The number of women practicing any type of exercise has increased a lot during the last decades, not only as a way of doing physical activity, but also at professional level. Women competing in Seoul 1988 were a 26%, a percentage that increased up to 45% in Rio 2016.

Despite this rise in sports women numbers, research focused on them is still limited. Because of their anatomical, physiological and hormonal differences it should not be assumed that research on men could be applied to them, and it happens too often.

The menstrual cycle (MC)

The MC is a biological rhythm affecting women characterised by a cyclic fluctuation in hormones, specially oestrogen and progesterone.

It is divided in three phases:

  1. Early follicular, with LOW oestrogen and LOW progesterone levels.
  2. Ovulatory, with HIGH oestrogen and LOW progesterone levels.
  3. Mid-luteal, with HIGH oestrogen and HIGH progesterone levels.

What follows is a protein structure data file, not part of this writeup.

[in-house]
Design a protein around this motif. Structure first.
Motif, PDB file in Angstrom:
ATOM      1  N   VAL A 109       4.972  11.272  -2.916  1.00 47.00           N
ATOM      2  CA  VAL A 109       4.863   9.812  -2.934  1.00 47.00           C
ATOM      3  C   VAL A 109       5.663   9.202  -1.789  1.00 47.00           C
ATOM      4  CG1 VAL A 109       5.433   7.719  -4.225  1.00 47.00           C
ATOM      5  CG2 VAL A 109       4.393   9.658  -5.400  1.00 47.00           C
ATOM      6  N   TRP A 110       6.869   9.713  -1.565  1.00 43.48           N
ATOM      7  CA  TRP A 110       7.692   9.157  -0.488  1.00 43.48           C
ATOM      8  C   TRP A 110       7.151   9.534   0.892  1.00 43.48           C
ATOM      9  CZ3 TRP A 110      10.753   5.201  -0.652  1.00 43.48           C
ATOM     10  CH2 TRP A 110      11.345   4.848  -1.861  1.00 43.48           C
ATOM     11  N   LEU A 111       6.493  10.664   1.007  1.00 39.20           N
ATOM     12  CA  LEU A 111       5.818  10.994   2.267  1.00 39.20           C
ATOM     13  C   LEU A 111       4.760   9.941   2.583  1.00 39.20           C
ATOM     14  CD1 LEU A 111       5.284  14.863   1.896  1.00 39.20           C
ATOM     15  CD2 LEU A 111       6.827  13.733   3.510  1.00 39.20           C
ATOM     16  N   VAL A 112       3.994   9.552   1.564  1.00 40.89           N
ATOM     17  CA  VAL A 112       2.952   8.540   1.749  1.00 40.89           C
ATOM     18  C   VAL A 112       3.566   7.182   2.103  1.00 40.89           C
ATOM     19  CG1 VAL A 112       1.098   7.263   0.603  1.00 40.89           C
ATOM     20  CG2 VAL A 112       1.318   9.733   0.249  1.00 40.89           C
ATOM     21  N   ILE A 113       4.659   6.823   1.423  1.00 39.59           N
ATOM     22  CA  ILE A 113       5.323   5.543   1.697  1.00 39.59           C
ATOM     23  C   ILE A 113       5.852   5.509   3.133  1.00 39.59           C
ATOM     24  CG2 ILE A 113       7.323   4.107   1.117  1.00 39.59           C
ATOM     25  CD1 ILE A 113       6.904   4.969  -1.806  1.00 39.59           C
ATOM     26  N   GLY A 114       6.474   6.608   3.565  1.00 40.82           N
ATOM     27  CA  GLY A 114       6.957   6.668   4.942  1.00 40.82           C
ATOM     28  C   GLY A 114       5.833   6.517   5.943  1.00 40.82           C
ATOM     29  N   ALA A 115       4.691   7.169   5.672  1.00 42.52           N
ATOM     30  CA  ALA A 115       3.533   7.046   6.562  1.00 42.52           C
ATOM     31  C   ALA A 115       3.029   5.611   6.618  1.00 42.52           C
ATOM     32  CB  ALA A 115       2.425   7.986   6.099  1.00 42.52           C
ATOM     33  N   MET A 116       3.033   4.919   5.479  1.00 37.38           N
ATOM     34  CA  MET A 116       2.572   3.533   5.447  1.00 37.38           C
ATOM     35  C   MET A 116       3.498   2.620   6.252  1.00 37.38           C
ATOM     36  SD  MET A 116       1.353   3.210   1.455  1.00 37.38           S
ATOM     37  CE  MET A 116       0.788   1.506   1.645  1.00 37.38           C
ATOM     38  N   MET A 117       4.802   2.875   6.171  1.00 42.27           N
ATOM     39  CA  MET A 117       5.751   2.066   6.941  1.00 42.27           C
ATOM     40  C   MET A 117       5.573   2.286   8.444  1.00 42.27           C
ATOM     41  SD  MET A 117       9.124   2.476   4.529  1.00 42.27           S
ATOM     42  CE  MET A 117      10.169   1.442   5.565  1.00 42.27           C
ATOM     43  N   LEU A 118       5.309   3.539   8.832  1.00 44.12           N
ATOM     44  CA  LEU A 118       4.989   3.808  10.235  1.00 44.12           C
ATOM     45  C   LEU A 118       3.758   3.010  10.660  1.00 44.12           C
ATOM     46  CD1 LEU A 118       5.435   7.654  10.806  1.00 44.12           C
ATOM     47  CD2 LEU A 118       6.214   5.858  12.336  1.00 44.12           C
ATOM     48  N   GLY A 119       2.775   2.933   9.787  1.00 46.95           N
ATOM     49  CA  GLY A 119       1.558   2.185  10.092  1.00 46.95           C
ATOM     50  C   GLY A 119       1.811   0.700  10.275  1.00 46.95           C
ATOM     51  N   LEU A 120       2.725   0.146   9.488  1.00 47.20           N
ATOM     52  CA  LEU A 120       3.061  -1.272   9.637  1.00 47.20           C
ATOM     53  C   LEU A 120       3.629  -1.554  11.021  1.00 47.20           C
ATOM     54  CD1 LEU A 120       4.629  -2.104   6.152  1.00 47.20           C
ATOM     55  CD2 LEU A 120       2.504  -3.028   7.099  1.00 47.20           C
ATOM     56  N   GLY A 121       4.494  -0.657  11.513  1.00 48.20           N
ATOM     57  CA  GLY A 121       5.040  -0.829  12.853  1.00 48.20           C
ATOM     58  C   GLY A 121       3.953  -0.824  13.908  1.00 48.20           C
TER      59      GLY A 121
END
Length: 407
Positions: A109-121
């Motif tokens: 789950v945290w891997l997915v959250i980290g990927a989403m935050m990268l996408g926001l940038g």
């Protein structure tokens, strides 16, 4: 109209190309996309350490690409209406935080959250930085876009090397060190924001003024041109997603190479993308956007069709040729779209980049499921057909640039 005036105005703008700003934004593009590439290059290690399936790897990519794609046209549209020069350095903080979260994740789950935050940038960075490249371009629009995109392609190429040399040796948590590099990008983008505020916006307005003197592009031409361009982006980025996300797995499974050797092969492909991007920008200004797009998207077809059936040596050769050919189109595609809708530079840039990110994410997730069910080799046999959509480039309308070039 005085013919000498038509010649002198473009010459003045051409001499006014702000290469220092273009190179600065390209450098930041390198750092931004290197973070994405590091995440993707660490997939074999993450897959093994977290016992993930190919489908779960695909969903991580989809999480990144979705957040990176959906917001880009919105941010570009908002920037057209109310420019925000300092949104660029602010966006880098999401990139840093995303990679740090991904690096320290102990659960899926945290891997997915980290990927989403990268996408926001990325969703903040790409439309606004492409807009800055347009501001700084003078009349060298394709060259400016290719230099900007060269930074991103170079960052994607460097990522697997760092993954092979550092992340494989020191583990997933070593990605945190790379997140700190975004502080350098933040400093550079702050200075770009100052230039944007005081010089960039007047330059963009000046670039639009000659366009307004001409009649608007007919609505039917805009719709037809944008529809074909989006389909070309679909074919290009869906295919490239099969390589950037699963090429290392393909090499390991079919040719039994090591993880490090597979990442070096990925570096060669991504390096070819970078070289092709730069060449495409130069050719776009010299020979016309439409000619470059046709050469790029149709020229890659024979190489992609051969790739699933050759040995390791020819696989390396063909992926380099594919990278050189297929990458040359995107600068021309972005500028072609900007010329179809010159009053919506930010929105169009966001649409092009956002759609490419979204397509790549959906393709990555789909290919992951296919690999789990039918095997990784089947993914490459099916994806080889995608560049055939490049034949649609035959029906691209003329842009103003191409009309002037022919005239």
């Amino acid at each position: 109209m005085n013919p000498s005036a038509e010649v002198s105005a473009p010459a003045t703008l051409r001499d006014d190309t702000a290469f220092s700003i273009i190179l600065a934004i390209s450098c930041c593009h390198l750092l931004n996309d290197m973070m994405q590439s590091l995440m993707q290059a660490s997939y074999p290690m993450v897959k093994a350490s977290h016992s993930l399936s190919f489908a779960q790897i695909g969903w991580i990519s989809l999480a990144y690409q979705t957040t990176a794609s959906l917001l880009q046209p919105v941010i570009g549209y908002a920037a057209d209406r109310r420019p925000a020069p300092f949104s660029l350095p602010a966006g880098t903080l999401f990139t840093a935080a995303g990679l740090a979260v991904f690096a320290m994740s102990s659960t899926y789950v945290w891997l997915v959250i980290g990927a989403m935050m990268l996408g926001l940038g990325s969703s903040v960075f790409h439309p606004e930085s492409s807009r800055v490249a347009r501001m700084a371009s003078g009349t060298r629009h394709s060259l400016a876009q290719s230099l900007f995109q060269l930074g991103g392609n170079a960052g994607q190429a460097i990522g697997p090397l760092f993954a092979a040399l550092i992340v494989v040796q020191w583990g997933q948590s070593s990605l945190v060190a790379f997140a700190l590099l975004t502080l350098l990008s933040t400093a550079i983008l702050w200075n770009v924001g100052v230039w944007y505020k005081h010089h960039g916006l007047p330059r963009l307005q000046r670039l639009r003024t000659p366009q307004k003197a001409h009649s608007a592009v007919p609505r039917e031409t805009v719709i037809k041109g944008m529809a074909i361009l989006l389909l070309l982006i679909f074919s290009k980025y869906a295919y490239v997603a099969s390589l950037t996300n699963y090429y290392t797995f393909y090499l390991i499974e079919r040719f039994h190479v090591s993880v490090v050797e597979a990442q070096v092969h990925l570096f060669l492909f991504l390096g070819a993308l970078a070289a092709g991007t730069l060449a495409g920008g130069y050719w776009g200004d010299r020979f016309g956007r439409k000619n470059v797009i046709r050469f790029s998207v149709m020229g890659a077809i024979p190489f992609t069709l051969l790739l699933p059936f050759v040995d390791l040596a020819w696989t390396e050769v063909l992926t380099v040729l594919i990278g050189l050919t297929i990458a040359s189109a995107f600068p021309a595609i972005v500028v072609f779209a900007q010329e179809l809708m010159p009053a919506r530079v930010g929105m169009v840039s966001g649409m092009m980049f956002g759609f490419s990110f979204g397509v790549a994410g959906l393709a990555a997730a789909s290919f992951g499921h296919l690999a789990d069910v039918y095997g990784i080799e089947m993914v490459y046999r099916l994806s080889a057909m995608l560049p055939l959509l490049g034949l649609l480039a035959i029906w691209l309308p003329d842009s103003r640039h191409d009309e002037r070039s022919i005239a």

Although the main function of these hormones is related to reproduction, research has found that they also have multiple effects in many physiological systems, including the cardiovascular and respiratory. Consequently, they should influence exercise performance too.

A recent meta-analysis investigated the changes in exercise performance during the MC phases. It included 78 studies (total of 1193 participants, 18-40 years old, healthy, not taking hormonal contraceptives), although only 8% were valued as “high quality” and 24% as “moderate quality”.

We point out its main findings.

Exercise performance across the MC

  • During the early follicular phase exercise performance might be slightly reduced when comparing with other phases, although with a big variance between studies.
  • The current knowledge does not support a general guidance on modulating exercise across the MC. A personalised approach should be followed, based on the individual response of each women, of special interest in elite sportswomen.
  • Future studies with better methodologies regarding factors such as training history or participants characteristics will help for a better understanding of performance across the MC.

 

Bibliography